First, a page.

Wednesday, 11 November 2020

Singabout - Journal of Australian Folksong, Volume 5(3), July 1965

Click images for larger size.


1.  Singabout, Volume 5(3), July 1965 - Bill Tovey

2.  Singabout, Volume 5(3), July 1965 - NEWS AND VIEWS - Editorial. With this issue simple guitar chords will be included with the melody line in accordance with a unanimous vote of the '65 Annual Meeting ... price rises with this issue ... We also hope to resume publication of four issues of SINGABOUT each year. Contributions are invited ...  Our cover photo is of Bill Tovey ... he clearly remembers the first time he heard bush songs was from drovers camped at Moores Creek near Rockhampton in 1930 ...  Waltzing Matilda and Drover's Dream and he learned to accompany them with his mouth organ. Now an age pensioner Bill won three prizes at the Queensland Ballad Nights and played with the Morton Bay Bushwhackers on the Queensland Centenary Record put out by wattle. Since moving to Sydney Bill is a regular performer at workshops nights. His Drovers Dream will appear in the next issue.  CONTENTS. Singabout is Edited and Produced by Alan Scott and Brian Loughlin. Drawings by Rod Shaw and Clem Millward. 

3.  Singabout, Volume 5(3), July 1965 - THE PEACH PICKER'S SONG. The Dundas Valley, once the fruit bowl of Sydney is now being covered with housing estates. John Dengate credits his father with writing the first verse of this song from his experiences as an orchardist in the district some years back. John had taken over the verse as a chorus, written additional verses, set them to a traditional tune, and can be heard singing it on the latest Club record, DINKY DI, released in February by Festival Records.

4.  Singabout, Volume 5(3), July 1965 - ORIGINS OF THE SETTLER'S LAMENT. Among Bush Songs The Settler's Lament has an established place as an ironical account of a squatter's woes ... The original author - if his word is to be trusted - was a sometime 'Lieutenant in Her Majesty's Ceylon Rifles' named John Henderson who took up land in the New England District and in 1851 published two volumes on his experiences ...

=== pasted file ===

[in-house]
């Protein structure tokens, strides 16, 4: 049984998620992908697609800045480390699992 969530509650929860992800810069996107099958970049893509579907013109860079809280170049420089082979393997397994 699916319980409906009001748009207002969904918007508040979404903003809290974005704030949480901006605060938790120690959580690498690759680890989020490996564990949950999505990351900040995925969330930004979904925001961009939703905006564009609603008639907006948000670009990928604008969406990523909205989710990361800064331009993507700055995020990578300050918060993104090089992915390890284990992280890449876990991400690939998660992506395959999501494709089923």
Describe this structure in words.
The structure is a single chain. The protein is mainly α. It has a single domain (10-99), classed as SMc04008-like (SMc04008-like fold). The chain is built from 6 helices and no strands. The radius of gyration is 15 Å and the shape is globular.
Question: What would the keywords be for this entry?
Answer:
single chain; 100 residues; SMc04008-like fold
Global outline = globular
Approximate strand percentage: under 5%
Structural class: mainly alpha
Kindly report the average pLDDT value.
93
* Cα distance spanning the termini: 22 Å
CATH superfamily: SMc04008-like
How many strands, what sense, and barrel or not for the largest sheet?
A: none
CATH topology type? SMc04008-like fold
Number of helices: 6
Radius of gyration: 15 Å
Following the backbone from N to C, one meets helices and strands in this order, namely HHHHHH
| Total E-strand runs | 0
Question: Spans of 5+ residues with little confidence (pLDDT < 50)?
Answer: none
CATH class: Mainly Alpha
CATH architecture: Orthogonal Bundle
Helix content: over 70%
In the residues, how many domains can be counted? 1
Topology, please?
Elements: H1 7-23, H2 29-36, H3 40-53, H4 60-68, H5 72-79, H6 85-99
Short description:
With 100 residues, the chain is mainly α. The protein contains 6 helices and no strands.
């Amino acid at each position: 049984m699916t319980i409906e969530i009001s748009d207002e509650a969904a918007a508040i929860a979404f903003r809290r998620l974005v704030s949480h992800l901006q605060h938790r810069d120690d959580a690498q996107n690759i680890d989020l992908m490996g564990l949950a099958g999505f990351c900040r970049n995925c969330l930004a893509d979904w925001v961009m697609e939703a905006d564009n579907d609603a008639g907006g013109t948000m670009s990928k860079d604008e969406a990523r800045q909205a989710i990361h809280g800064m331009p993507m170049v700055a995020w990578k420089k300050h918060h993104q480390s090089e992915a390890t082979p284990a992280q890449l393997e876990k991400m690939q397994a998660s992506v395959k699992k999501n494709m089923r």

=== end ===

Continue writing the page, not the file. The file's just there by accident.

5.  Singabout, Volume 5(3), July 1965 - ORIGINS OF THE SETTLER'S LAMENT. (cont) by Edgar Castle.  ... Henderson said he wrote his song on the afternoon of 3 August  .... 1838.  Reprinted by permission from AUSTRALIAN LITERARY STUDIES, University of Tasmania.  Ad for WEA & University of Sydney courses. 

6.  Singabout, Volume 5(3), July 1965 - THE LAND THAT IS KNOWN AS WOOLLOOMOOLOO When former Deputy Premier Hills announced a few months ago that an English development company had an £82 scheme to turn the 'Loo into Sydney's most desirable residential-commercial area, the reaction was immediate. Angry residents demanded details ...  and sang songs in protest ... the first verse could be seen hanging from the second storey of one of the terrace houses in line for demolition.  (drawing by RMS, Rod Shaw)